Microsoft Finally Splits With NBC

NBC launches, MSNBC site to follow in 2013

NBC News announced late Sunday evening that the organization has acquired full control of, ending a joint venture between NBC and Microsoft. Adweek had first reported that divorce talks had gotten serious between the two companies back in May.

As of Sunday, all traffic now redirects to the newly christened  However, MSNBC president Phil Griffin told reporters today that plans are in the works to launch a separate MSNBC site at the beginning of 2013.

NBC News president Steve Capus said that one motivation for the split is to clear up some residual brand confusion between NBC News' broadcast operation and the cable news property of MSNBC. "While we truly value, we also think the site isn't fully representative of either property. I don't think you see adequate representation of say Brian Williams, or Rock Center, or Rachel Maddow, or Hardball," Capus said in a conference call with reporters this morning.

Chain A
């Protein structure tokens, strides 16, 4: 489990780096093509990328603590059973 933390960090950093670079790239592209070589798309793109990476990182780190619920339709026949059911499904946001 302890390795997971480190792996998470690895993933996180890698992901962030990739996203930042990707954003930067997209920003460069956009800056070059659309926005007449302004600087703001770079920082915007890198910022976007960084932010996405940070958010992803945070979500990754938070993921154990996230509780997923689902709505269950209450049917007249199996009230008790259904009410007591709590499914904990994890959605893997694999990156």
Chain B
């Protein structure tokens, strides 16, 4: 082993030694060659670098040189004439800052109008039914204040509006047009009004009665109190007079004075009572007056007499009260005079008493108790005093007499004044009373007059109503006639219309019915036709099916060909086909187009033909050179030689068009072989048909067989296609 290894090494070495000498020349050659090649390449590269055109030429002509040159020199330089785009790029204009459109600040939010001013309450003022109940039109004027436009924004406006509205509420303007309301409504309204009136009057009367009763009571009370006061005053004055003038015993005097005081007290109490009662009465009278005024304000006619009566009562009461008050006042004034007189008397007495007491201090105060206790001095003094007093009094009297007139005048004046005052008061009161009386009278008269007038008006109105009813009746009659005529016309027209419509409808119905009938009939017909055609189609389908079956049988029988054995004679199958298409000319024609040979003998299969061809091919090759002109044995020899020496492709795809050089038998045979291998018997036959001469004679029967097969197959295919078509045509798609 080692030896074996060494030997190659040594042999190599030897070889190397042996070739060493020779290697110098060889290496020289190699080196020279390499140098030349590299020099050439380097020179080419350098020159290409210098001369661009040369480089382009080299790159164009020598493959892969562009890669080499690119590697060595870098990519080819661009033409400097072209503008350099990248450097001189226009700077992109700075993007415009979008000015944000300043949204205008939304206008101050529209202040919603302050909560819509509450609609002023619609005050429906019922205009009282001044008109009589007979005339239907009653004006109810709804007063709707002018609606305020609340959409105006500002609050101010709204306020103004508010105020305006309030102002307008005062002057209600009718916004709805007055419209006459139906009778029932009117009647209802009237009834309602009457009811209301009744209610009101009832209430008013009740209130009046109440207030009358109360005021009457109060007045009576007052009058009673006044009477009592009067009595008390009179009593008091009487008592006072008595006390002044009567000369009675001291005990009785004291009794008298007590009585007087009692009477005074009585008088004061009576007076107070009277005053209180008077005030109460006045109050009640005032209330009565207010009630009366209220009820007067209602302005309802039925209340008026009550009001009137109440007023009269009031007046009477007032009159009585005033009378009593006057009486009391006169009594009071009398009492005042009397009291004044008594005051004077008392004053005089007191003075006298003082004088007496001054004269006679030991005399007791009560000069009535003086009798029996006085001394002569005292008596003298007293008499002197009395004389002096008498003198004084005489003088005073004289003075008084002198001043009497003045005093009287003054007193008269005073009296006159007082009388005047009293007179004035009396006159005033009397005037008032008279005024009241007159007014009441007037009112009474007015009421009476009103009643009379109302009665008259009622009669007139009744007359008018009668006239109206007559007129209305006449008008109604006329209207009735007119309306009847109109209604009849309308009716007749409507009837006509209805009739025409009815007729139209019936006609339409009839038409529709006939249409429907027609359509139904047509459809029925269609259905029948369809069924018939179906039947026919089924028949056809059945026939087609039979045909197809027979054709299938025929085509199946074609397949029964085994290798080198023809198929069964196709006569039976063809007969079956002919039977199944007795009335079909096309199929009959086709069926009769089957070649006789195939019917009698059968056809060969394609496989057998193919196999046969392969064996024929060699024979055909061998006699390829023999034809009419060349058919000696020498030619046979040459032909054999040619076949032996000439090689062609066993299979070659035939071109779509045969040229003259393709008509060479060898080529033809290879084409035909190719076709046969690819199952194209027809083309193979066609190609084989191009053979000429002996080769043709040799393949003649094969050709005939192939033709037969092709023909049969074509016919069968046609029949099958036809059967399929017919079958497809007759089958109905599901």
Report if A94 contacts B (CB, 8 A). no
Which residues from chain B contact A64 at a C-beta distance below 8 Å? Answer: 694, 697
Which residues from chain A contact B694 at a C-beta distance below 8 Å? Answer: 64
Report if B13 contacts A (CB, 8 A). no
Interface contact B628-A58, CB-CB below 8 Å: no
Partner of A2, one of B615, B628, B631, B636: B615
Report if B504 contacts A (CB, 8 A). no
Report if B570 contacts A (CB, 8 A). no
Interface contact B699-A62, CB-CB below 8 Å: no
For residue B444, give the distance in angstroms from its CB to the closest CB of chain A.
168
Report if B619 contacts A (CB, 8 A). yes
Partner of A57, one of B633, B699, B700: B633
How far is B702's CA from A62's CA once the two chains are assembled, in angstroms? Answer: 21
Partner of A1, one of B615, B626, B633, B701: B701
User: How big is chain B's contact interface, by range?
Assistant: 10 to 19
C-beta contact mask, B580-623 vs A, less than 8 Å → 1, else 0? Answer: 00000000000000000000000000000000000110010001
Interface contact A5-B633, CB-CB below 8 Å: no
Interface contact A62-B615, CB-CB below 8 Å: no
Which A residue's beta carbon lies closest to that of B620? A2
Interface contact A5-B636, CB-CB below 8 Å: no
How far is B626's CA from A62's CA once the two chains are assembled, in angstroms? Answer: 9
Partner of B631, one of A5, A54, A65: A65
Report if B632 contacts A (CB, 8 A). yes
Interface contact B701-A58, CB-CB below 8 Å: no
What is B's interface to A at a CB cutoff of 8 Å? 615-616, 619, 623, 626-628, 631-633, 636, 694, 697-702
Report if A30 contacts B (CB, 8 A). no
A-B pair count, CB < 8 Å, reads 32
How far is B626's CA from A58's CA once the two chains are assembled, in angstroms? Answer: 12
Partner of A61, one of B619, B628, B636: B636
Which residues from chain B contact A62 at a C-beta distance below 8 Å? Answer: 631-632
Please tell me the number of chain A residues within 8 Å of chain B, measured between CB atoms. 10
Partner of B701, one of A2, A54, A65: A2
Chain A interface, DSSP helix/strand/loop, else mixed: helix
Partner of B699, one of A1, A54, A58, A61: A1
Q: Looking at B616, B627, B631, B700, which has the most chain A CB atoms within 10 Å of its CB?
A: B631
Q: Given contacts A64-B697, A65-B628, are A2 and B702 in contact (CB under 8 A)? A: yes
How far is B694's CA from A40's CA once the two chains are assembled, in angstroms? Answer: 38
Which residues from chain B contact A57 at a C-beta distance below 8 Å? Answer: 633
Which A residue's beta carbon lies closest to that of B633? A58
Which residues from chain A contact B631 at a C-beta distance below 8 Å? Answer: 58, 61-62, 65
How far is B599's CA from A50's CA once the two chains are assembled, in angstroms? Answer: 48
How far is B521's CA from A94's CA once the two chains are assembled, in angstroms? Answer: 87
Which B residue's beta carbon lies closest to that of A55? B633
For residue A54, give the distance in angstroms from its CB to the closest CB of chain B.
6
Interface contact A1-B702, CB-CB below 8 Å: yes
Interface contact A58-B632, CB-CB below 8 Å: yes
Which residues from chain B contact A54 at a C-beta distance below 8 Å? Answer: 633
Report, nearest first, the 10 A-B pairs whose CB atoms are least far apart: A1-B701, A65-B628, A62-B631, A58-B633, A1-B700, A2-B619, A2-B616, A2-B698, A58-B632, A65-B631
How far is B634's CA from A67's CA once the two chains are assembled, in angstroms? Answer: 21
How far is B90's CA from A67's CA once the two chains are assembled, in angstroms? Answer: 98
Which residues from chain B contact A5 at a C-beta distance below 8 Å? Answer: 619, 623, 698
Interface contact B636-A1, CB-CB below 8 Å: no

Capus later denied that MSNBC's liberal leanings were problematic for the more neutral broadcast operation of NBC News. "There's a litmus test and it never points in that direction," Capus said. "People understand the difference between NBC and MSNBC."

Griffin made note that there will be no rebranding for MSNBC after the split from Microsoft. NBC's purchase of the full MSNBC venture will bring aboard hundreds of employees, many of whom will stay on at the company's Redmond, Wash., facilities to establish an innovation center for digital media. As for advertising, NBC will begin a transition to take control of ad sales operations, which was previously controlled by Microsoft.

This week marks the 16-year anniversary of the launch of MSNBC, and the end of the joint venture with Microsoft is no doubt timed to highlight the growth of the MSNBC brand as well as the digital evolution of NBC News. Thus, with the announcement, Capus and Griffin pushed hard to emphasize the importance of NBC's newfound digital ownership and control. "I don't think people really understand the depth and breadth of this news organization. We are in a completely different league now," Capus said.